NPO Guidelines: “Wait, I have to stop eating at WHAT TIME?”
Patients and parents of children are often understandably fearful about potential complications of anesthesia. Fortunately, an overwhelmingly high percentage of anesthesia-related issues can be avoided simply by following our preoperative instructions including the American Society of Anesthesiology’s (ASA) NPO guidelines.
What’s the potential complication associated with eating or drinking before anesthesia?
Think of it like this - when you’re awake and fully functioning the things that are in your stomach stay there. However, when you’re under anesthesia, they have the potential to come back up into your mouth and even worse - into your lungs which we call pulmonary aspiration and which carries serious life-threatening consequences. We know that sounds grim, but fortunately, virtually all of this can be avoided by strictly following our straightforward NPO guidelines.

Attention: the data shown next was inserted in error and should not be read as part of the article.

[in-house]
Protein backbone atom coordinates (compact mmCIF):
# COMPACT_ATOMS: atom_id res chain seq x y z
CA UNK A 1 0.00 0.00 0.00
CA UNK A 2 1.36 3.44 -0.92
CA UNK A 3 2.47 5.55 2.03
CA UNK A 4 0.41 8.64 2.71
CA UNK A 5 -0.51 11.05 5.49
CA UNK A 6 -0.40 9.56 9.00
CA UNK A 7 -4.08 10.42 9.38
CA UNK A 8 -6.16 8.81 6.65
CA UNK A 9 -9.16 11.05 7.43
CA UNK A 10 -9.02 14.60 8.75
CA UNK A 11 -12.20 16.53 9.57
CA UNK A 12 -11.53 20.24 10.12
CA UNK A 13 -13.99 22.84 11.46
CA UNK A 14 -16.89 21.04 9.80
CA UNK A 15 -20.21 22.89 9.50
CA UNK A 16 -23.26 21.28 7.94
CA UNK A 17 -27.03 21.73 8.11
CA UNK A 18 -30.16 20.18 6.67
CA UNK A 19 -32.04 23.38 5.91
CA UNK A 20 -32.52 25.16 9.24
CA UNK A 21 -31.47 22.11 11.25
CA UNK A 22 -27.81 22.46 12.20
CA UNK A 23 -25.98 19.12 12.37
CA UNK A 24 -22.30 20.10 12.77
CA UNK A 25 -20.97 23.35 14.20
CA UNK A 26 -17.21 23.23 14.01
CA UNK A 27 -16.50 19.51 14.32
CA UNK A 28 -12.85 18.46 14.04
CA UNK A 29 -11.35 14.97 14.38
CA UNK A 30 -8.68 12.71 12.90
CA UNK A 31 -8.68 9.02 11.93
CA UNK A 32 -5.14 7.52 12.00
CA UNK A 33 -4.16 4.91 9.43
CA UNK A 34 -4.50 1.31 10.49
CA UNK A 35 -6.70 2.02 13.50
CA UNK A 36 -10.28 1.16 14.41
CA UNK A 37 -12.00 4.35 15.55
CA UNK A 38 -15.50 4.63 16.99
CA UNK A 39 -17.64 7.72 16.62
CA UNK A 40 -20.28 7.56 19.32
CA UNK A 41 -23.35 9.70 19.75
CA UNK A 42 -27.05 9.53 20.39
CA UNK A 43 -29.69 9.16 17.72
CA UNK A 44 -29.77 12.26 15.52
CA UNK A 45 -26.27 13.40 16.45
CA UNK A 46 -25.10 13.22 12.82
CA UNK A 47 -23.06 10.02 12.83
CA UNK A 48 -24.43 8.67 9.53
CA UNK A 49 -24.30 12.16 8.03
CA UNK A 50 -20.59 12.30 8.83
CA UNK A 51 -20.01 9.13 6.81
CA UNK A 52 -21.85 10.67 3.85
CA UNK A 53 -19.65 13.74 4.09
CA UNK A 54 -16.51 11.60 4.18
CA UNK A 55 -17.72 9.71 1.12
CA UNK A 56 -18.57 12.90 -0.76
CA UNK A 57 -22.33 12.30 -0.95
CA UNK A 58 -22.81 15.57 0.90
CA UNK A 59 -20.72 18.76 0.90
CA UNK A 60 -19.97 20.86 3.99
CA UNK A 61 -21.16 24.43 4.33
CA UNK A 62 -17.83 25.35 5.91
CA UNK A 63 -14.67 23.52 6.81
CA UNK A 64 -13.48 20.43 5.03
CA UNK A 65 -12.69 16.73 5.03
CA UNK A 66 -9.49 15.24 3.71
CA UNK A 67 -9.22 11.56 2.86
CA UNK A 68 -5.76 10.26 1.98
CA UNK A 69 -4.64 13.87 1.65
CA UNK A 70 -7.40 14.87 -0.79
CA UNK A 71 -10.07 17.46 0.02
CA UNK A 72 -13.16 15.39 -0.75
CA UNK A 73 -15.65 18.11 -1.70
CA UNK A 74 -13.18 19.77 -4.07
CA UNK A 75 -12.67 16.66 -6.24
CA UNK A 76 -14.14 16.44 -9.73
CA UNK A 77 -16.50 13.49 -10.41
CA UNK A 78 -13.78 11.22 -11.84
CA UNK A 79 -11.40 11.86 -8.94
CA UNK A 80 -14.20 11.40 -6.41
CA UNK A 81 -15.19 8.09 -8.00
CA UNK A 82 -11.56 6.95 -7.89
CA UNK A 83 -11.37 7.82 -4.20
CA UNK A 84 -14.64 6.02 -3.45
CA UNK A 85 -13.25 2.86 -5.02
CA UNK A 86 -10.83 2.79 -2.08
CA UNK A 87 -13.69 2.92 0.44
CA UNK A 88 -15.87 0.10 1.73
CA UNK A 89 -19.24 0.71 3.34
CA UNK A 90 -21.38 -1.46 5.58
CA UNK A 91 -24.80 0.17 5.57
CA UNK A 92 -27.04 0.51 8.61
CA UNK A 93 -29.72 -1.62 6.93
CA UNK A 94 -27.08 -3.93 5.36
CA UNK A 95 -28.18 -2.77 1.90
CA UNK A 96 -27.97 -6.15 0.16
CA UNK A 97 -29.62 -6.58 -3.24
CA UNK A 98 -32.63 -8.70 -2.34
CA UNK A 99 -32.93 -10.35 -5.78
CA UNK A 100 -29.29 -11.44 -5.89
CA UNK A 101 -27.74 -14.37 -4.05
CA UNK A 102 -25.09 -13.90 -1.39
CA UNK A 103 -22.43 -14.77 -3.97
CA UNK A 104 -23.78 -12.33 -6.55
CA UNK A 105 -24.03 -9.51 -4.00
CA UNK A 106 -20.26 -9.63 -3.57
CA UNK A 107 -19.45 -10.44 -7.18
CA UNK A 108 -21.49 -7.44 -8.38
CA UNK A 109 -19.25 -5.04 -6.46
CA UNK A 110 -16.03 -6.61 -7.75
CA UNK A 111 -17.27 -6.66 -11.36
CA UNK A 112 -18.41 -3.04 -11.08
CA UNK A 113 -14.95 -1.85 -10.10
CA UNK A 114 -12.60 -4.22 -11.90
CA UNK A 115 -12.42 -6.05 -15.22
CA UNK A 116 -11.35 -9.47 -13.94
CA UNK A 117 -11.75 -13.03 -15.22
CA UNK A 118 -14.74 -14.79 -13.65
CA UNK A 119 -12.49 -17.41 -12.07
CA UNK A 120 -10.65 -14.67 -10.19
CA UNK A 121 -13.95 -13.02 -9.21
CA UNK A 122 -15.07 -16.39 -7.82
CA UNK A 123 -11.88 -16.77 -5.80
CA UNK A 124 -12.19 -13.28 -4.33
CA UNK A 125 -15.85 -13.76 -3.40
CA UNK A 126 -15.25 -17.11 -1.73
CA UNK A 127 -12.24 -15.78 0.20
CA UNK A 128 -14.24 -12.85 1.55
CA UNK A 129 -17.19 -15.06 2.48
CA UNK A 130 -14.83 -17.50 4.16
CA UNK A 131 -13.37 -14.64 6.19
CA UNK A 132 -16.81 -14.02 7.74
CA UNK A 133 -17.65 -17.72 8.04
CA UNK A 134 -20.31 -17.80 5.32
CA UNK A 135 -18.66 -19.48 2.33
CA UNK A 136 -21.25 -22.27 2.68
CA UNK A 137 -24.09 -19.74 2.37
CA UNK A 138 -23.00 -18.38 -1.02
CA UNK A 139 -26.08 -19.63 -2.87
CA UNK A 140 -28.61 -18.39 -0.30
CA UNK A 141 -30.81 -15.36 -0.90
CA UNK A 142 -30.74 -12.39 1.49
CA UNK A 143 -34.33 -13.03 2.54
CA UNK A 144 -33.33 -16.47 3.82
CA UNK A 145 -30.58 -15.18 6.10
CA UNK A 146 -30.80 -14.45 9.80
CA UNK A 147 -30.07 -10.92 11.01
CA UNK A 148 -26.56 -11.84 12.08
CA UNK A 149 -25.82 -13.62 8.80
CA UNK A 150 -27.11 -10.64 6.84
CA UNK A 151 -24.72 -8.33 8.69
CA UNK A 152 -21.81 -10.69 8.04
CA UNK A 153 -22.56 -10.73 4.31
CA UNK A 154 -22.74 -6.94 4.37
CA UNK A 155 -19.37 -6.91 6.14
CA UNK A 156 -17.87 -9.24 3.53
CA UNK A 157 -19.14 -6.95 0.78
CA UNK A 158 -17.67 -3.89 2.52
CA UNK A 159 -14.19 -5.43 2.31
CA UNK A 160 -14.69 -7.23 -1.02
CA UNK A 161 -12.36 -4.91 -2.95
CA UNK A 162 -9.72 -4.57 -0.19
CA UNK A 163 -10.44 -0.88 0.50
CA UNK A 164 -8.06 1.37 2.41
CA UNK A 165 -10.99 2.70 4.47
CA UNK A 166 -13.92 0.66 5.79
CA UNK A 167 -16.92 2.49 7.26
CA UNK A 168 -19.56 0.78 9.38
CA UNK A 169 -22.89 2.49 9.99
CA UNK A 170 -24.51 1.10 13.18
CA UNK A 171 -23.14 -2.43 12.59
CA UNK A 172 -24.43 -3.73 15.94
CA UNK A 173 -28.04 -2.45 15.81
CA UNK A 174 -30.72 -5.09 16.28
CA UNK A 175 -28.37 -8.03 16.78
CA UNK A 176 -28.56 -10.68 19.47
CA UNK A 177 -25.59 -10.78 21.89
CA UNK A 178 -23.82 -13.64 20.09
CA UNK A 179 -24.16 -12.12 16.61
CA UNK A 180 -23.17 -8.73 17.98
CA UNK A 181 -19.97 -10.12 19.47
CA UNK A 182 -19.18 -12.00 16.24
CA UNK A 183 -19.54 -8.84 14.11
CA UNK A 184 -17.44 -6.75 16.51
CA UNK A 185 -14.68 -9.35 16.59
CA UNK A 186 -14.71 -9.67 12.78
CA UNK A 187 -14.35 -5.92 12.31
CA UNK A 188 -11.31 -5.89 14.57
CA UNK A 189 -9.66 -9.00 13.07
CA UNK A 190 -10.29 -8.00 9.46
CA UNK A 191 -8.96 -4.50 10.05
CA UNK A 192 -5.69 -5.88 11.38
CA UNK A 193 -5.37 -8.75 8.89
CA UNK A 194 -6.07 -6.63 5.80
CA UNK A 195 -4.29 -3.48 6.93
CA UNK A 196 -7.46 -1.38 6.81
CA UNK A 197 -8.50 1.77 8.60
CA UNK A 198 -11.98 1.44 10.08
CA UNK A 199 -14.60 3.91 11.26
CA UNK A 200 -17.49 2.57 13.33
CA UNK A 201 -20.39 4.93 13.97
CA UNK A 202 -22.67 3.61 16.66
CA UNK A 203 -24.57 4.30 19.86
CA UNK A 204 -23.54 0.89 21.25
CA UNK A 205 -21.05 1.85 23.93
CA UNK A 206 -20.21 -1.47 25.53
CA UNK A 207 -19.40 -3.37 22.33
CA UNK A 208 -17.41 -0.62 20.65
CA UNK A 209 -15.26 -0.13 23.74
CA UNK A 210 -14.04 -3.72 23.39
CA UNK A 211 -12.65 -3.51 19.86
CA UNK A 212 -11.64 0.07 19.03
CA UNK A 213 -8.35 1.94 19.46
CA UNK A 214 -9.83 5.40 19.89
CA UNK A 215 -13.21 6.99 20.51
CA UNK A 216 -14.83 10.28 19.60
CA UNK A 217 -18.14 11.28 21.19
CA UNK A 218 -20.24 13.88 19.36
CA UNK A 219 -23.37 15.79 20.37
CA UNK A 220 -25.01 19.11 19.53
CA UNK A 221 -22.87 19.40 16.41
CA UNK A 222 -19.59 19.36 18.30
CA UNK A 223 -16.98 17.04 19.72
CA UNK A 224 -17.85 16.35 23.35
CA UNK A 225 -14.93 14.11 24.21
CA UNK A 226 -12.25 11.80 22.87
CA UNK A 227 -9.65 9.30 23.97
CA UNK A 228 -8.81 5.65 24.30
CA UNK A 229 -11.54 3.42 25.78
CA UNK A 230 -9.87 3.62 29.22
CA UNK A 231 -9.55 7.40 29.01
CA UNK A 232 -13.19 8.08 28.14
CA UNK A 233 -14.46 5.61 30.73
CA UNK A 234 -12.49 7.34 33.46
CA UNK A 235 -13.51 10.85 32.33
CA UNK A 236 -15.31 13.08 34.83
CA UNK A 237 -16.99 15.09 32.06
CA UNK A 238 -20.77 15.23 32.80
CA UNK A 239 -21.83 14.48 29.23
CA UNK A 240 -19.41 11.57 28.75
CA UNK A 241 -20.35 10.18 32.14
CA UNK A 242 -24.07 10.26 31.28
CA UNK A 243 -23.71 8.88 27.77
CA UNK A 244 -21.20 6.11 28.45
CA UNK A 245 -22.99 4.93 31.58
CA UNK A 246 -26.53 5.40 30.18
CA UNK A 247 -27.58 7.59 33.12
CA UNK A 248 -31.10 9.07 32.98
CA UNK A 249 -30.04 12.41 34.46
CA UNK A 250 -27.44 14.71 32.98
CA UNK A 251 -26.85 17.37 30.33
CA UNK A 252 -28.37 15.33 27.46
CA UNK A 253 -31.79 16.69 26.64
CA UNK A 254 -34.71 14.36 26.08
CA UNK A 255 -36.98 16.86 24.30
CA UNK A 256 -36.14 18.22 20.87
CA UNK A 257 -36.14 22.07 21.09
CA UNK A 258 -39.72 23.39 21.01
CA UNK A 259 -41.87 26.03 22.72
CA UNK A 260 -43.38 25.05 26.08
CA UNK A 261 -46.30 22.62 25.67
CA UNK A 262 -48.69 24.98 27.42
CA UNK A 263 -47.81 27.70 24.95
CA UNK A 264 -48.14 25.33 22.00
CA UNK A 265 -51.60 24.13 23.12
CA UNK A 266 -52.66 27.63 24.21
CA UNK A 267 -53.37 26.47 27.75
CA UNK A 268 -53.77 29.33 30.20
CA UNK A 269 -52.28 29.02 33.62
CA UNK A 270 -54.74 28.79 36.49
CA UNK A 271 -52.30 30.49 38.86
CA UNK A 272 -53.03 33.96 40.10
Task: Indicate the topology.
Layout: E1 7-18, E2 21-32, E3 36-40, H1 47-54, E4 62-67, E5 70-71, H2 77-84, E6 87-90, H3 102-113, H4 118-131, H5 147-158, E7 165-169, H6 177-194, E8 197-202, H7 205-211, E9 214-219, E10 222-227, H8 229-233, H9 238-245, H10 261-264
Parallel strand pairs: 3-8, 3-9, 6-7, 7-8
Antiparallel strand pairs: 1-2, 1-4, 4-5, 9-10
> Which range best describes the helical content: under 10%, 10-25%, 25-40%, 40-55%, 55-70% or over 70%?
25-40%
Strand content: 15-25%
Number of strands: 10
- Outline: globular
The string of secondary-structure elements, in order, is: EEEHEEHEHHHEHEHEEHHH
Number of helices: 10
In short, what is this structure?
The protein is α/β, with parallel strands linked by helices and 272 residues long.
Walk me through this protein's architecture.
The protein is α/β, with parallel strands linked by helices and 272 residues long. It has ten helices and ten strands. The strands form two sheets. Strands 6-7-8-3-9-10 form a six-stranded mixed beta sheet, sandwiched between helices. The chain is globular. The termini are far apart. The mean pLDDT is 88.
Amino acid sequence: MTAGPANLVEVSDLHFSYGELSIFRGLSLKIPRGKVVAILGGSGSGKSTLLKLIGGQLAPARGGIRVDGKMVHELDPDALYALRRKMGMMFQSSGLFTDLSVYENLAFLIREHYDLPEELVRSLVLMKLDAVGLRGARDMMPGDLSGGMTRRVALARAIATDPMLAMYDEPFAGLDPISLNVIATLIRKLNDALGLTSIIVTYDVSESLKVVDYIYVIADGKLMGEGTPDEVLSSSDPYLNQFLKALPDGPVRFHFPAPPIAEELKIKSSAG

What does NPO mean?
NPO stems from the Latin term “nil per os”, but in English, it’s translated to “nothing per mouth”, and in the anesthesia world NPO means different things depending upon what exactly it is you will be eating or drinking. These are the guidelines that the ASA as well as Dr. Boorin and Dr. Gluckman instruct their patients to follow prior to their anesthetic:
Nothing within 2 hours of the procedure
Up to 2 Hours for clear fluids
Up to 4 Hours for Natural Human Breast Milk
Up to 6 Hours for Infant Formula
Up to 8 Hours for fried foods, meat, or anything with
We understand that fasting is not fun, and we certainly empathize with you and/or your children during your fasting period. However, we hope you understand how important these guidelines are and how serious the consequences can be if they are violated. Fortunately, fluids and most foods can safely be added back to your diet relatively quickly following the conclusion of your procedure and things will be back to normal very, very soon!